3. ^ a b c d e "Ommatotriton ophryticus Northern Banded Newt". AmphibiaWeb. University of California, Berkeley. 2005. Retrieved 5 June 2018. N.b. The text predates the recognition of Ommatotriton nesterovi as a distinct species.
    4. ^ a b Litvinchuk, S. N.; Zuiderwijk, A.; Borkin, L. J. & Rosanov, J. M. (2005). "Taxonomic status of Triturus vittatus (Amphibia: Salamandridae) in western Turkey: trunk vertebrae count, genome size and allozyme data". Amphibia-Reptilia. 26 (3): 305–323. doi:10.1163/156853805774408685.
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Distribution

    Distribution and Habitat
    provided by AmphibiaWeb text

    The species is distributed in the basin of Black Sea, the northern margin of the range runs in Russia from the west to east, approximately along the line: Apsheronsk and Maikop districts of the Krasnodar Region - upstream of Kyafar River - Teberdinskii Nature Reserve - Prielbrusie National Park in Kabardino-Balkaria (ca. 42.5oE). To the south from the Main Caucasian Ridge, the margin runs in Georgia from the Black Sea coast along the line: Gumista Nature Reserve in the Republic of Abkhazia- Kazbegi Nature Reserve - Telavi Town - Lagodekhi Town (41o50'N, 46o17'E: the easternmost locality), then south-westwards to Tbilisi - north of Alaverdi District in Armenia - Didi Mitrabi in Georgia, and then to Turkey (the most western locality is Trabzon).

    The newt lives generally higher than 1200 m above sea level, mainly in coniferous, mixed and deciduous forests up to subalpine meadows. The terrestrial habitat may be quite arid, especially in the Mediterranean part of the species range.

Trends

    Life History, Abundance, Activity, and Special Behaviors
    provided by AmphibiaWeb text

    In the North Caucasus, the population density reaches 179 specimens per 1 m3 of water. In the center of its range, the species is common or locally numerous, whereas peripheral populations are usually small and isolated from the main part of the range. In general, the species abundance gradually decreases eastwards and northwards, perhaps as a result of a decrease in moisture. In many sites of the Transcaucasia, the population density of T. ophryticus exceeds that of the other syntopic newts, T. vulgaris lantzi and T. karelinii.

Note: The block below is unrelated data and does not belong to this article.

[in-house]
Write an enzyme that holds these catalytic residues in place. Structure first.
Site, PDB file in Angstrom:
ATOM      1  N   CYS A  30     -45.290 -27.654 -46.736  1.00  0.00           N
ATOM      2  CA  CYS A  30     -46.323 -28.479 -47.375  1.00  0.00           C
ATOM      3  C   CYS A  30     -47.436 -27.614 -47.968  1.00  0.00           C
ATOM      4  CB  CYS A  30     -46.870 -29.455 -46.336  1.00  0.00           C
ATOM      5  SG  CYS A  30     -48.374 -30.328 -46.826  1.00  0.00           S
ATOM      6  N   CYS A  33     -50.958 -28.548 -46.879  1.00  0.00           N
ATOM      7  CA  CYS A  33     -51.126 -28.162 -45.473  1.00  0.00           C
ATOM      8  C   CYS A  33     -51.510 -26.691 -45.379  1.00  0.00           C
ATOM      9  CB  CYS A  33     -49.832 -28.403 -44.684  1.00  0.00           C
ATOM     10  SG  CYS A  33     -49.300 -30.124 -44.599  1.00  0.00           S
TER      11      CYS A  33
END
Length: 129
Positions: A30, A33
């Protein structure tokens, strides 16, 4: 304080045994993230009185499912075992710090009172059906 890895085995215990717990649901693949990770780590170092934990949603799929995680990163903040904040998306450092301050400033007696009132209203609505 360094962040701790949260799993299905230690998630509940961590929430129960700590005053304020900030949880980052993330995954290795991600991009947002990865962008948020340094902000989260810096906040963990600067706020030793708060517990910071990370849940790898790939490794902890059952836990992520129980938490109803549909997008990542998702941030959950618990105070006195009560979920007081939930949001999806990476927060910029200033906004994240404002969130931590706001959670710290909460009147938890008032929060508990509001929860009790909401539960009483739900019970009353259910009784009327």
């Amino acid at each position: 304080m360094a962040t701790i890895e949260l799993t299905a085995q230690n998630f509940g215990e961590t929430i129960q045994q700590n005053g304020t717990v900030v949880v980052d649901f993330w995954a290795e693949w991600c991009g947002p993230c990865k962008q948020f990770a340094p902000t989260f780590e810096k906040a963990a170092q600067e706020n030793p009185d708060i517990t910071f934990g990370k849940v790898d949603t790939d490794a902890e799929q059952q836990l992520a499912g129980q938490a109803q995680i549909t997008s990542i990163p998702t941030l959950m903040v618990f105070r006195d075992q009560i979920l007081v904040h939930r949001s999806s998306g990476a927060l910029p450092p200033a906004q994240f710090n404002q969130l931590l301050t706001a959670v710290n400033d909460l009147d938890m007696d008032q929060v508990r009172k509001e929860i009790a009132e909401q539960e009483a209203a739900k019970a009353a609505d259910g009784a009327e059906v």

The daily activity pattern in T. vittatus is similar to that of other Triturus species. Hibernation generally occurs on land. However, males and females with nuptial coloration were found at the beginning of January in a spring (Krasnodar Region in the North Caucasus). In the Caucasus, the newts come to hibernacula in September - October. Hibernation ends in February - March at low elevations, and in April-May in the highlands. The breeding period extends from late February to July, depending on weather and altitude. In highland populations it may extend to the end of July. In warm years the newts living at low elevations remain active throughout the year. In the southern Mediterranean part of the range, where summer is dry, the seasonal activity is shifted to the wet and warm winter period, and the adults may leave the water even in February.

    The males are territorial, even more territorial than other European newts of the genus Triturus. Spawning is preceded by courtship, in general similar to that of the Smooth Newt (Triturus vulgaris). Clutch contains 59-240 eggs deposited singly or in short chains. The eggs are deposited in portions of 1-53 eggs per day at 2-11 day intervals. Embryogenesis takes 12-30 days, and metamorphosis is completed after 70-150 days. In a few mountain ponds some larvae (i.e. those hatched from the last clutches) hibernate and finish their transformation the following year. Sexual maturity is attained at 3 - 5 years; maximum longevity was estimated as 8 - 21 years. After transition to active feeding, T. vittatus larvae eat microcrustaceans. Their prey spectrum later expands because of increasing numbers of molluscs and insects. Recently metamorphosed juveniles consume only terrestrial prey such as Collembola, Aphidinea, larval Hydrophilidae, Chrysomelidae and Diptera. Like other newt species during the aquatic phase, adult newts prey mainly on aquatic molluscs, crustaceans and insects. During the aquatic phase, adult T. vittatus often eat amphibian larvae. Cannibalism at nesting sites in the form of oophagy appears to be widespread, especially among females, which come into contact with recently deposited eggs more often than males. Many invertebrates and vertebrates, including some species of amphibians, are known as natural enemies of this newt.

Threats

    Life History, Abundance, Activity, and Special Behaviors
    provided by AmphibiaWeb text

    Although T. ophryticus is more common in many places of the Caucasus and less sensitive to low humidity than other congeneric species, many populations of this newt are declining. For example, some populations near Tbilisi City, Georgia, described by Nikolsky (1913) became extinct.

Risks

    Relation to Humans
    provided by AmphibiaWeb text

    Forest destruction, landscape amelioration leading to the destruction of wetlands, overpasturage of cattle, urbanization, industrial pollution and use of pesticides and artificial fertilizers have a negative influence on populations of this species. The species has a low ability for synanthropization, which enhances the significance of these factors. In the 1990s, regular illegal collecting and trade of adult newts for terrarium amateurs posed a serious threat to its populations. These animals in their breeding period are very attractive for pet keepers and are regularly sold in some large cities of the former Soviet Union, and sometimes exported abroad.